U.S. News

Ex-US ambassador warns North Korea: Stop using Americans like Otto Warmbier as 'bargaining chips'

Key Points
  • Bill Richardson tells CNBC North Korea's choices could backfire.
  • "The North Koreans have a lot of explaining to do," he added.
Former Gov. Richardson: Korean peninsula is a tinderbox

North Korea will need to provide an explanation after it released Otto Warmbier, a 22-year-old American who was sentenced to 15 years in prison for alleged anti-state acts, Bill Richardson told CNBC on Tuesday.

The former U.S. ambassador to the United Nations said on "Squawk on the Street" that North Korea must stop taking U.S. citizens and using them as "bargaining chips." He said it could backfire on North Korea "if Otto isn't well."

Richardson spoke after Secretary of State Rex Tillerson said Tuesday that Warmbier, a University of Virginia undergraduate, was released and is "en route to the United States."

North Korea's highest court sentenced Warmbier last year with hard labor after he allegedly attempted to steal a propaganda banner from a restricted area of his hotel.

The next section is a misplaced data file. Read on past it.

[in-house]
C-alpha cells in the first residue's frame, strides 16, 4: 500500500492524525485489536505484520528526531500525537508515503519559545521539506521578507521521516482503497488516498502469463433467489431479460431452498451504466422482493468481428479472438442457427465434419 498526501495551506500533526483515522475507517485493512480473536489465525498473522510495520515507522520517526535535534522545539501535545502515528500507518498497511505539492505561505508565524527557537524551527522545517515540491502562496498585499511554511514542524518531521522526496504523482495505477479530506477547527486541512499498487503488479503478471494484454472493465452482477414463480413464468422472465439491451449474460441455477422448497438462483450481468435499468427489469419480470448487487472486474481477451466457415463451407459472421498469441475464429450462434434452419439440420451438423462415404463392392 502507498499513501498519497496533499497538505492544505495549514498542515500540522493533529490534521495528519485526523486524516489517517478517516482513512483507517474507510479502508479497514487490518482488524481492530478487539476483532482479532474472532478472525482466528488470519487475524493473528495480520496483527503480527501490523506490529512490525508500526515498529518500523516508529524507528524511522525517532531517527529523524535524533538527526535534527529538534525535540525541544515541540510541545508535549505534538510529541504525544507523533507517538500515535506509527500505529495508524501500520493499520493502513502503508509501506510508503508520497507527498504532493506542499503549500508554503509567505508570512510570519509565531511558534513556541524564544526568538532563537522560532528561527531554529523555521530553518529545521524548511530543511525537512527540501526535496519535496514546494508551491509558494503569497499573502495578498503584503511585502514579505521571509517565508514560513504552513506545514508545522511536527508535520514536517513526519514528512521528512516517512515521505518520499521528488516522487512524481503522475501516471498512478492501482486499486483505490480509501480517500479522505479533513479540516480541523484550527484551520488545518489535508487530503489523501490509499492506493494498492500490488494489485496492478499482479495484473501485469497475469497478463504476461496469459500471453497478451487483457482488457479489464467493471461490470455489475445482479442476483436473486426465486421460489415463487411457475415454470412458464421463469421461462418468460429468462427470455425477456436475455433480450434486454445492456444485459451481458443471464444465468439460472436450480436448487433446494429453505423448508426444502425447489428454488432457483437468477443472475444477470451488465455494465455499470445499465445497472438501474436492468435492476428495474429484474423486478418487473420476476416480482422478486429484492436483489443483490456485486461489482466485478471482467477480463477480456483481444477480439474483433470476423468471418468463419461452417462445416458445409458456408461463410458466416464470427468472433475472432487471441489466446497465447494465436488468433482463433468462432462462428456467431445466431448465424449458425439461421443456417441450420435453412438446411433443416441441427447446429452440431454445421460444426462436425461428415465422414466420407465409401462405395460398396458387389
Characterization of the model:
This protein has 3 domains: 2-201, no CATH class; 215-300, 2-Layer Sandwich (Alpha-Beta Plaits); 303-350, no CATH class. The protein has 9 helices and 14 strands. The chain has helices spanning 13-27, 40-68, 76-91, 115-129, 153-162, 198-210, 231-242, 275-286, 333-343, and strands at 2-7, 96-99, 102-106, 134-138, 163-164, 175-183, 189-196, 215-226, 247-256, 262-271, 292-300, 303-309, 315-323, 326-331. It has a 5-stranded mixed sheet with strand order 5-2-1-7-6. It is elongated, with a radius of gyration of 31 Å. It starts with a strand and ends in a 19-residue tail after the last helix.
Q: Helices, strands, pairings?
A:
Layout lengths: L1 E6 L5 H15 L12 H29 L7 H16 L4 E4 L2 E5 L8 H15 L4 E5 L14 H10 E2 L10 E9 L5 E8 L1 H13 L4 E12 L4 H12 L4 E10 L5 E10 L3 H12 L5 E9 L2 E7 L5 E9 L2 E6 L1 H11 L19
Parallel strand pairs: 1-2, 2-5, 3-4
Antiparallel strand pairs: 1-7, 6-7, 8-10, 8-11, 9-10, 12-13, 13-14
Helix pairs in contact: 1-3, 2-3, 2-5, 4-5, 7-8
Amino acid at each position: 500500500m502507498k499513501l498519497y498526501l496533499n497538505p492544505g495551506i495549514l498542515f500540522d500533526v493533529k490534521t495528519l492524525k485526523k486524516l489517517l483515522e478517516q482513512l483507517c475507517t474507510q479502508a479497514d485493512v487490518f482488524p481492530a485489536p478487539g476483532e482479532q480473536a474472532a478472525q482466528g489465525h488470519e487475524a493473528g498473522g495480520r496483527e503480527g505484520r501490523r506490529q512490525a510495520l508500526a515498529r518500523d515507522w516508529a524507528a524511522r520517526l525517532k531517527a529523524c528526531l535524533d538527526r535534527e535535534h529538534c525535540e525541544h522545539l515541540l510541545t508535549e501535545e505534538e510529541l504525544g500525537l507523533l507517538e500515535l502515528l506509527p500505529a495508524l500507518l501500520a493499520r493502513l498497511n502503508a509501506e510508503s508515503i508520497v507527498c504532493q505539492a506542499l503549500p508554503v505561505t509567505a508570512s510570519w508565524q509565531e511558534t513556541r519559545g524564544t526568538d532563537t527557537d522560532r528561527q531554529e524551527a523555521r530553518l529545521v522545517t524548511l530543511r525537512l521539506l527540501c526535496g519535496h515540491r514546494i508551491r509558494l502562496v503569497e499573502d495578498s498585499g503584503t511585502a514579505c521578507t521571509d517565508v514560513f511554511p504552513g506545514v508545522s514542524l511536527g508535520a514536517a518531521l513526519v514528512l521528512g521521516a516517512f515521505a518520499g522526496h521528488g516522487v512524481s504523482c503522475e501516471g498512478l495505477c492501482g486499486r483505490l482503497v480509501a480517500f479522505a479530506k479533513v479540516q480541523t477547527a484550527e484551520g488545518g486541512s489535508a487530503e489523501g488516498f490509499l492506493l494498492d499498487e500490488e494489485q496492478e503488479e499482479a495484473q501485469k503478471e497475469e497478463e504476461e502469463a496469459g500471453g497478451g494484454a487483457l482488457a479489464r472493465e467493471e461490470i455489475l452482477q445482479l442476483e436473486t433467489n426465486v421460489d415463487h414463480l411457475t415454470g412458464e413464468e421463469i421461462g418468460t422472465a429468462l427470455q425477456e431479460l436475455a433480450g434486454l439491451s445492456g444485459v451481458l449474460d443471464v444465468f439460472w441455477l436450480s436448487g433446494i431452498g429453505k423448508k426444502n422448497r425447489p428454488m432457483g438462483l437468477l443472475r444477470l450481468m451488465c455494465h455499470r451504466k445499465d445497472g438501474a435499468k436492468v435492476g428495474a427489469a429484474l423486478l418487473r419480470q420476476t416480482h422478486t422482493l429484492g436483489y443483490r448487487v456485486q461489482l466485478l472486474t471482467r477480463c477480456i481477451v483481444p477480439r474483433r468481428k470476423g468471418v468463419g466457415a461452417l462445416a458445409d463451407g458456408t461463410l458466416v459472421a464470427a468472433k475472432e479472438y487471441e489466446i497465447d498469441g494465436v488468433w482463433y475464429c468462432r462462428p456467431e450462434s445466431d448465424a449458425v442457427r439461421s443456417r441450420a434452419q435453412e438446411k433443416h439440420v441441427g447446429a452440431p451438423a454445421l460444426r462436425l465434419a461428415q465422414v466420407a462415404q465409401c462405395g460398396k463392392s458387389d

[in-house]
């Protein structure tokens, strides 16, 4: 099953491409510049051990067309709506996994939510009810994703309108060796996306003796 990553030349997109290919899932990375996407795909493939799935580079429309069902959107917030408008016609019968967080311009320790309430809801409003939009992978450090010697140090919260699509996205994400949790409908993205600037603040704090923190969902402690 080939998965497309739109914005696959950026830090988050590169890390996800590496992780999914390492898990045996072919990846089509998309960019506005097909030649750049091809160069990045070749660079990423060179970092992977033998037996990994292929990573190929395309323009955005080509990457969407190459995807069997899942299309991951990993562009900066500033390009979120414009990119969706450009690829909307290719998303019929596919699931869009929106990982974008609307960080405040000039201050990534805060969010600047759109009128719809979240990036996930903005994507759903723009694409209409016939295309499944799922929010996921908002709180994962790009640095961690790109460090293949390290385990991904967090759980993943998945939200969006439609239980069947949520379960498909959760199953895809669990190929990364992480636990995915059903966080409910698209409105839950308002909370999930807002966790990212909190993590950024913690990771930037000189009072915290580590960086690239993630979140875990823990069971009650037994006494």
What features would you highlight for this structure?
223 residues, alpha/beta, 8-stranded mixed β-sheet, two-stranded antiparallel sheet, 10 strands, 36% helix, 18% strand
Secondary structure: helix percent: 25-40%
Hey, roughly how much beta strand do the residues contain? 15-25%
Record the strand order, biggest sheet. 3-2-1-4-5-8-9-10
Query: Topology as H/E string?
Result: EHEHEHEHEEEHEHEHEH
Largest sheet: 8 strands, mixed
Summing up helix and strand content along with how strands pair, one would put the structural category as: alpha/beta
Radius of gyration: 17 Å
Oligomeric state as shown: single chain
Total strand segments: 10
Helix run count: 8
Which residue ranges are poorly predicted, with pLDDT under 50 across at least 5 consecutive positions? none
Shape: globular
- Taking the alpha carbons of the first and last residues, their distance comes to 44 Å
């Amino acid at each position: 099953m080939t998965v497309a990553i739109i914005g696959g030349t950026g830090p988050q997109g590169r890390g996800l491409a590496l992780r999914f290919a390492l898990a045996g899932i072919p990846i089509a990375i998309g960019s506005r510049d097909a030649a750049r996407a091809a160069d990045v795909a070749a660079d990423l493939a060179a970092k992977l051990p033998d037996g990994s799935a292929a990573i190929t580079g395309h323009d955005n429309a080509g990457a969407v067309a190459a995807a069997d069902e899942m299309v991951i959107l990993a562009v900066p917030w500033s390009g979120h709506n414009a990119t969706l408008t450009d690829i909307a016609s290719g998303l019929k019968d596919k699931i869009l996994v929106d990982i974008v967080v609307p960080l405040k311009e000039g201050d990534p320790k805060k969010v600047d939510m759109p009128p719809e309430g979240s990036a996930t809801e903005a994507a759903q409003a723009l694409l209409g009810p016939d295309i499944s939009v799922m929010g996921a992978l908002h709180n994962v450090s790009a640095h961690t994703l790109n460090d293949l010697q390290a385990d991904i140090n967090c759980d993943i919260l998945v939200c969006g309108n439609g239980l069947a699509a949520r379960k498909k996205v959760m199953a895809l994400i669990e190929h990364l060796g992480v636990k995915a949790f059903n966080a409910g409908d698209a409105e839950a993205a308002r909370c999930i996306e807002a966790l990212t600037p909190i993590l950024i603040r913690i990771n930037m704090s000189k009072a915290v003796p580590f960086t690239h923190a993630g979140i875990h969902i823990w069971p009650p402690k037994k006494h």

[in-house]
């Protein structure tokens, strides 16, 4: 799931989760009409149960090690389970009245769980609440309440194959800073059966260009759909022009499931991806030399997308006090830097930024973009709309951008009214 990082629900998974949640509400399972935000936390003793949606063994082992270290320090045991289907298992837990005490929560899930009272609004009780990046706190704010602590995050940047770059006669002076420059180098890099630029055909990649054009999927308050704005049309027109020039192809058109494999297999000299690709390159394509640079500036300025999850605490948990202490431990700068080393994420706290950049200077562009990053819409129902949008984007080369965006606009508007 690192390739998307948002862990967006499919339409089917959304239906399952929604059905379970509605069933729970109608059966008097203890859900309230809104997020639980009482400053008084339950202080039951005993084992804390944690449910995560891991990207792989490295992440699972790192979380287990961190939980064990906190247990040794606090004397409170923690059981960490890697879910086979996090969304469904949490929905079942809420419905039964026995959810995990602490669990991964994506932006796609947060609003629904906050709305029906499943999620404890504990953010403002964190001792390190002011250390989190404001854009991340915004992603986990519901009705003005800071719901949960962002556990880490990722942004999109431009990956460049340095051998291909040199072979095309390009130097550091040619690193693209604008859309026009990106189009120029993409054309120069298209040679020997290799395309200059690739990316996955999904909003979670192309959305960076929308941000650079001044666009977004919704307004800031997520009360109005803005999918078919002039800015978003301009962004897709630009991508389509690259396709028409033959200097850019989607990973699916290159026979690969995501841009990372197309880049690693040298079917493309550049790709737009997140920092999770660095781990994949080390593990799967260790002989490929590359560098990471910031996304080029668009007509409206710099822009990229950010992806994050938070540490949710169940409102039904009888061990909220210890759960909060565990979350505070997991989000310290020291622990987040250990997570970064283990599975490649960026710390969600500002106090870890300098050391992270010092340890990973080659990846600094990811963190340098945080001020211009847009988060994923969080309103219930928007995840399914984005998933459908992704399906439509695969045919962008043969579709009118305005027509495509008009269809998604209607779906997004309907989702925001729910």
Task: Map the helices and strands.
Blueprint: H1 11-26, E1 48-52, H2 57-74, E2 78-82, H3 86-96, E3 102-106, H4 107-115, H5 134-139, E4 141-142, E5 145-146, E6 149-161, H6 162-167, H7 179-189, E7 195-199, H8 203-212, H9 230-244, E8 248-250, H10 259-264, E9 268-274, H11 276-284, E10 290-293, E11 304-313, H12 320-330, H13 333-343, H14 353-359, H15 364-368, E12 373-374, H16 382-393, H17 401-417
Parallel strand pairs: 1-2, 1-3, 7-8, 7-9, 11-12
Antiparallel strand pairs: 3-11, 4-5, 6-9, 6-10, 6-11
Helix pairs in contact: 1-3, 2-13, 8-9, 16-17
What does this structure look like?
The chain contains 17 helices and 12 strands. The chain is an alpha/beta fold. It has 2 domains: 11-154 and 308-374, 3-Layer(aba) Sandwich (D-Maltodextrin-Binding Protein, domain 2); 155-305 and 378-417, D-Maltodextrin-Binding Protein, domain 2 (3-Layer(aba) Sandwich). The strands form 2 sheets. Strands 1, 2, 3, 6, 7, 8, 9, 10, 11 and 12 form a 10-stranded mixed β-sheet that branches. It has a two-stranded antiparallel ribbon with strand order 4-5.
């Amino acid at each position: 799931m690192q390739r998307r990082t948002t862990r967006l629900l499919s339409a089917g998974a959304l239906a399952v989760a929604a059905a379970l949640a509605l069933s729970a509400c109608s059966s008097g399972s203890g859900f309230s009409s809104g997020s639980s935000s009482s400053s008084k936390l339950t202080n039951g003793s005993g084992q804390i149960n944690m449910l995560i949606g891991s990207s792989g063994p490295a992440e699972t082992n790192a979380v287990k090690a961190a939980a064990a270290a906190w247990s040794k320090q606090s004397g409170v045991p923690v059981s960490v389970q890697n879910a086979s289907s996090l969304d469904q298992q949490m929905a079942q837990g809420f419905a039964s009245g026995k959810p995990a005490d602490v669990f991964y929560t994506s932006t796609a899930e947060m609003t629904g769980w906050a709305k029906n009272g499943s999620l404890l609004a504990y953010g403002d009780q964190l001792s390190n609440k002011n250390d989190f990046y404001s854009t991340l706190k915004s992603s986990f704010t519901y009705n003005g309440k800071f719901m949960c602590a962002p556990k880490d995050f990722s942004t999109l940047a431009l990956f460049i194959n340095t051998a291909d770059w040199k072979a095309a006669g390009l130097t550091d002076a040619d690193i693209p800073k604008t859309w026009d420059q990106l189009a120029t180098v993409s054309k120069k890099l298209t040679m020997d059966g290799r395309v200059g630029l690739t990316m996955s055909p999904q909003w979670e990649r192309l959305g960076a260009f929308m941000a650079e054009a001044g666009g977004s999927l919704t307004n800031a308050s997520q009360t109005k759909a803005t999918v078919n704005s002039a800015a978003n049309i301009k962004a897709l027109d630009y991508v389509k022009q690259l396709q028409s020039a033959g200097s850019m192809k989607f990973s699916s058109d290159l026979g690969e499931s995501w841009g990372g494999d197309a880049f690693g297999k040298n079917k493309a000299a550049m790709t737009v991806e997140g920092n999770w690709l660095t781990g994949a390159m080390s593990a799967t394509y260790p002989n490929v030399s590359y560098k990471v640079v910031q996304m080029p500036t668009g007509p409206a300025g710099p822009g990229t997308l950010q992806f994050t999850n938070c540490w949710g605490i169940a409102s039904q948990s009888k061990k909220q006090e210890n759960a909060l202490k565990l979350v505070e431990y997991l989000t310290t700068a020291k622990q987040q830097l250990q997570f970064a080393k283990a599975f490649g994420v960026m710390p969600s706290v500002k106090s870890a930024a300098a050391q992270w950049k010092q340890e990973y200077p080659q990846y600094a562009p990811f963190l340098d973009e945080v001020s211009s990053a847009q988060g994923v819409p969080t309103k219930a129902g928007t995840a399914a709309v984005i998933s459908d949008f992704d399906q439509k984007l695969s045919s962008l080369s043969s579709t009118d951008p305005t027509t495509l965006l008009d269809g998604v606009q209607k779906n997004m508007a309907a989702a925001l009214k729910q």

Richardson, whose foundation deals with political prisoners, said he had heard from Warmbier's parents and they told him the student was in a coma for a year.

"The North Koreans have a lot of explaining to do," said Richardson, head of the Richardson Center for Global Engagement. "Did he get proper ... medical treatment? Why wasn't he released sooner? What is the state of his health right now? He's being flown to Japan where he'll get medical treatment."

—The Associated Press contributed to this report.